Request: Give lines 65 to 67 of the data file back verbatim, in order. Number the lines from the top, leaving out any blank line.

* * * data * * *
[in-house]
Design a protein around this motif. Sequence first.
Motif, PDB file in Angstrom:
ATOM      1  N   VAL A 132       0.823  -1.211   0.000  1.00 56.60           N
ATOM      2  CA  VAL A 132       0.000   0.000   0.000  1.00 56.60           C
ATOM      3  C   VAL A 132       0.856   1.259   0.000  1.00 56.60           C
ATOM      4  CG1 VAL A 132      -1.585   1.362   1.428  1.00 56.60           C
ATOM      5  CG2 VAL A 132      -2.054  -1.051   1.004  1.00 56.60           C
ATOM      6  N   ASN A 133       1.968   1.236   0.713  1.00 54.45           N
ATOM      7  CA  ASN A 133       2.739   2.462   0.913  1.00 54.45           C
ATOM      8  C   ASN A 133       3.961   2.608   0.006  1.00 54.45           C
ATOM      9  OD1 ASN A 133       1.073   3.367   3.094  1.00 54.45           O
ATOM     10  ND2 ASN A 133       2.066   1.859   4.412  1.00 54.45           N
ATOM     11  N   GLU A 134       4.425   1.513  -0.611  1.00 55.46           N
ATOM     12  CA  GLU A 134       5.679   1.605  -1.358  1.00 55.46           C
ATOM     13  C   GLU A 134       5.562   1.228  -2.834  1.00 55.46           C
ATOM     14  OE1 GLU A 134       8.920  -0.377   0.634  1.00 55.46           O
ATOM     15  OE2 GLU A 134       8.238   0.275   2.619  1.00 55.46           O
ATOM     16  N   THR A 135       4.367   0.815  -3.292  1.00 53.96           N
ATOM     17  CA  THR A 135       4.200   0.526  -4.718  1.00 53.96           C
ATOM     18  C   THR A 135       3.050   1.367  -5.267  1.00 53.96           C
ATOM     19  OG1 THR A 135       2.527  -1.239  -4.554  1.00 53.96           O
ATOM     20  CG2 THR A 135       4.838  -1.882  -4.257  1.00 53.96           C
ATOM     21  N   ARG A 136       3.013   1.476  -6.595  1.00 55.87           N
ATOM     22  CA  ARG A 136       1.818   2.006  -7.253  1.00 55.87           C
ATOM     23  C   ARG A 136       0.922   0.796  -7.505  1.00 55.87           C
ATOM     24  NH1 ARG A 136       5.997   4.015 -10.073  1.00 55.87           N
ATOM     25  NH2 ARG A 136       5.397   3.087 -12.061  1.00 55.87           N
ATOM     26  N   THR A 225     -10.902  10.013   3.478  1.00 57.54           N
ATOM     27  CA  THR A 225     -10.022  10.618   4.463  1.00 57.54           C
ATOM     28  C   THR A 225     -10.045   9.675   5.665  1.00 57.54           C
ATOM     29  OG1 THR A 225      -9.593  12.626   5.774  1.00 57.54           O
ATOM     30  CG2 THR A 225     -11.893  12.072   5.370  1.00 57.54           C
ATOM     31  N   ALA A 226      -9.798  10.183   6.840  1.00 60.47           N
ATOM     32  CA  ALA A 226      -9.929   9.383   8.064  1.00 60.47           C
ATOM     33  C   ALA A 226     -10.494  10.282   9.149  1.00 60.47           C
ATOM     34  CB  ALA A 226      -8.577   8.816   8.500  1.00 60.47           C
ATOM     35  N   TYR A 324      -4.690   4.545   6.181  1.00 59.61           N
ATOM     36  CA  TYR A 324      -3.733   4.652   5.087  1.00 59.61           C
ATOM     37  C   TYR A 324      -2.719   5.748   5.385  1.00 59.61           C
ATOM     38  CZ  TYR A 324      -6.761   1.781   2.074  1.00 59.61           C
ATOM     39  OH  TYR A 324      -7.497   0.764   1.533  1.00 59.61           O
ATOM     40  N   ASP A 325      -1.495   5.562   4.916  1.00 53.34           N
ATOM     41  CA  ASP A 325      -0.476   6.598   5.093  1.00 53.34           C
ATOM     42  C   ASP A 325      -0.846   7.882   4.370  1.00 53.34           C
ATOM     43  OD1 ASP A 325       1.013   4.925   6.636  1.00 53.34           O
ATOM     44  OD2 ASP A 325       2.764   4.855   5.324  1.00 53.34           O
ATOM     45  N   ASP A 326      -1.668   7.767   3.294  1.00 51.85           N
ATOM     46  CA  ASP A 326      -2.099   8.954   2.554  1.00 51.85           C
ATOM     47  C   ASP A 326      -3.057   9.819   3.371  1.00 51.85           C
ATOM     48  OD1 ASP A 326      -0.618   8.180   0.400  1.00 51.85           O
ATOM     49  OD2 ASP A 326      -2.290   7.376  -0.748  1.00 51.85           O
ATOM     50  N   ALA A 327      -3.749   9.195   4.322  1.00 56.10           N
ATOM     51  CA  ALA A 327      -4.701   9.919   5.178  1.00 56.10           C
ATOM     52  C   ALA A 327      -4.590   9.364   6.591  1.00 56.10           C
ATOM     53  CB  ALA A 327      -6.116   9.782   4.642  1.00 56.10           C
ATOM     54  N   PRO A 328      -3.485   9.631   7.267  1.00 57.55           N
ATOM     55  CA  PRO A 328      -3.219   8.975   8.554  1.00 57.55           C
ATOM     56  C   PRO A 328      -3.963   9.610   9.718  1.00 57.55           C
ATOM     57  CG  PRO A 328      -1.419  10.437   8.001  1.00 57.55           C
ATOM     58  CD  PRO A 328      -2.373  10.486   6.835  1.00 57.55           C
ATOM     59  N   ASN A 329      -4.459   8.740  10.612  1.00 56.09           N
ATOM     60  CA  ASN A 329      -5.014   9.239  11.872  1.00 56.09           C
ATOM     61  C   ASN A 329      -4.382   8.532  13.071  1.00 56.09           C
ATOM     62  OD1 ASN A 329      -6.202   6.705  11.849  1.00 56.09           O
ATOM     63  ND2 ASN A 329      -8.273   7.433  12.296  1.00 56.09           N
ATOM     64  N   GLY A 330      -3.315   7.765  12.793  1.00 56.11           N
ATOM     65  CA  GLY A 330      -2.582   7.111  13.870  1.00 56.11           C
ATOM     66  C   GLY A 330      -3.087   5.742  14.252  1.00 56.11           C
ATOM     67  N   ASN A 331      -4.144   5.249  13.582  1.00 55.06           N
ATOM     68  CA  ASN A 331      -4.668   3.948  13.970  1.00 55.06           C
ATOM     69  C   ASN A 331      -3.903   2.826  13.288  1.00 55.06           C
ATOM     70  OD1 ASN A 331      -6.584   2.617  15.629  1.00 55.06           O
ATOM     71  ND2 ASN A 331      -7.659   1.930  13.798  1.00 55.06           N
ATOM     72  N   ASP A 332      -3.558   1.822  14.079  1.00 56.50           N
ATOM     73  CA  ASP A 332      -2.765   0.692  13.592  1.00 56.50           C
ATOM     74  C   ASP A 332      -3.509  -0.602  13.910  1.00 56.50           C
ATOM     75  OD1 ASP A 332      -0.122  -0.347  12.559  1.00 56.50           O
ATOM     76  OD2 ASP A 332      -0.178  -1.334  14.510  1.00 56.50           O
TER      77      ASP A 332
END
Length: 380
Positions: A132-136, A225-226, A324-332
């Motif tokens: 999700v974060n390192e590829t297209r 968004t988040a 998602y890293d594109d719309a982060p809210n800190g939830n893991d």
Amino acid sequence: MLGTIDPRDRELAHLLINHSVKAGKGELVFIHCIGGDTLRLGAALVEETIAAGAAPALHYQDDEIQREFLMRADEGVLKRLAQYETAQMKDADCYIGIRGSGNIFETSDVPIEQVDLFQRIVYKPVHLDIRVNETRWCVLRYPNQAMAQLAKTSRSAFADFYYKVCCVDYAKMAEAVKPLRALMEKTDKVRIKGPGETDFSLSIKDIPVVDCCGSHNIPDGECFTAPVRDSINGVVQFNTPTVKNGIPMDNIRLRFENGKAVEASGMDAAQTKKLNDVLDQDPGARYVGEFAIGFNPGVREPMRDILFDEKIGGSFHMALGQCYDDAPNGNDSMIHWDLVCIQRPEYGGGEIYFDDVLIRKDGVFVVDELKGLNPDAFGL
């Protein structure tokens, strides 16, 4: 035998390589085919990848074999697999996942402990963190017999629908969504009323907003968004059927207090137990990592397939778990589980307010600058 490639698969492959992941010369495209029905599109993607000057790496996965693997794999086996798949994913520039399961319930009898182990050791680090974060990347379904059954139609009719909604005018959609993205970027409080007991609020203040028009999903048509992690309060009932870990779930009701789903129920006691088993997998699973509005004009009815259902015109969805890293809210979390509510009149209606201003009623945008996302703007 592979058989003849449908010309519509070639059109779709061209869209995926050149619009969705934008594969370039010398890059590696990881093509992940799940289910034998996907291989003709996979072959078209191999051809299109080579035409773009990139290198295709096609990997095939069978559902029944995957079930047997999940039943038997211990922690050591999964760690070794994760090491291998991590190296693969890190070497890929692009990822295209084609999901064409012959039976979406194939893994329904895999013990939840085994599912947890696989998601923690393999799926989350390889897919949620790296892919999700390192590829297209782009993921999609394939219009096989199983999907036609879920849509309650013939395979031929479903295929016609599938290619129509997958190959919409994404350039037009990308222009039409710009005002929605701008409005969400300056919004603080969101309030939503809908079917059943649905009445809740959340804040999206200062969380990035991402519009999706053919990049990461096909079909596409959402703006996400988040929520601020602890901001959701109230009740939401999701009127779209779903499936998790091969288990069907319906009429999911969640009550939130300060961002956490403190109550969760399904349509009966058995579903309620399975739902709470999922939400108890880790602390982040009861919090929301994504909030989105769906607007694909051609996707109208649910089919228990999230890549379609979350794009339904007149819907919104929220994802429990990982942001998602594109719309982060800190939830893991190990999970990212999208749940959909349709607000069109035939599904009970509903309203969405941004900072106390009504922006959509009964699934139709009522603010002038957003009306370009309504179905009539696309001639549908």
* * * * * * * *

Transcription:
ATOM     62  OD1 ASN A 329      -6.202   6.705  11.849  1.00 56.09           O
ATOM     63  ND2 ASN A 329      -8.273   7.433  12.296  1.00 56.09           N
ATOM     64  N   GLY A 330      -3.315   7.765  12.793  1.00 56.11           N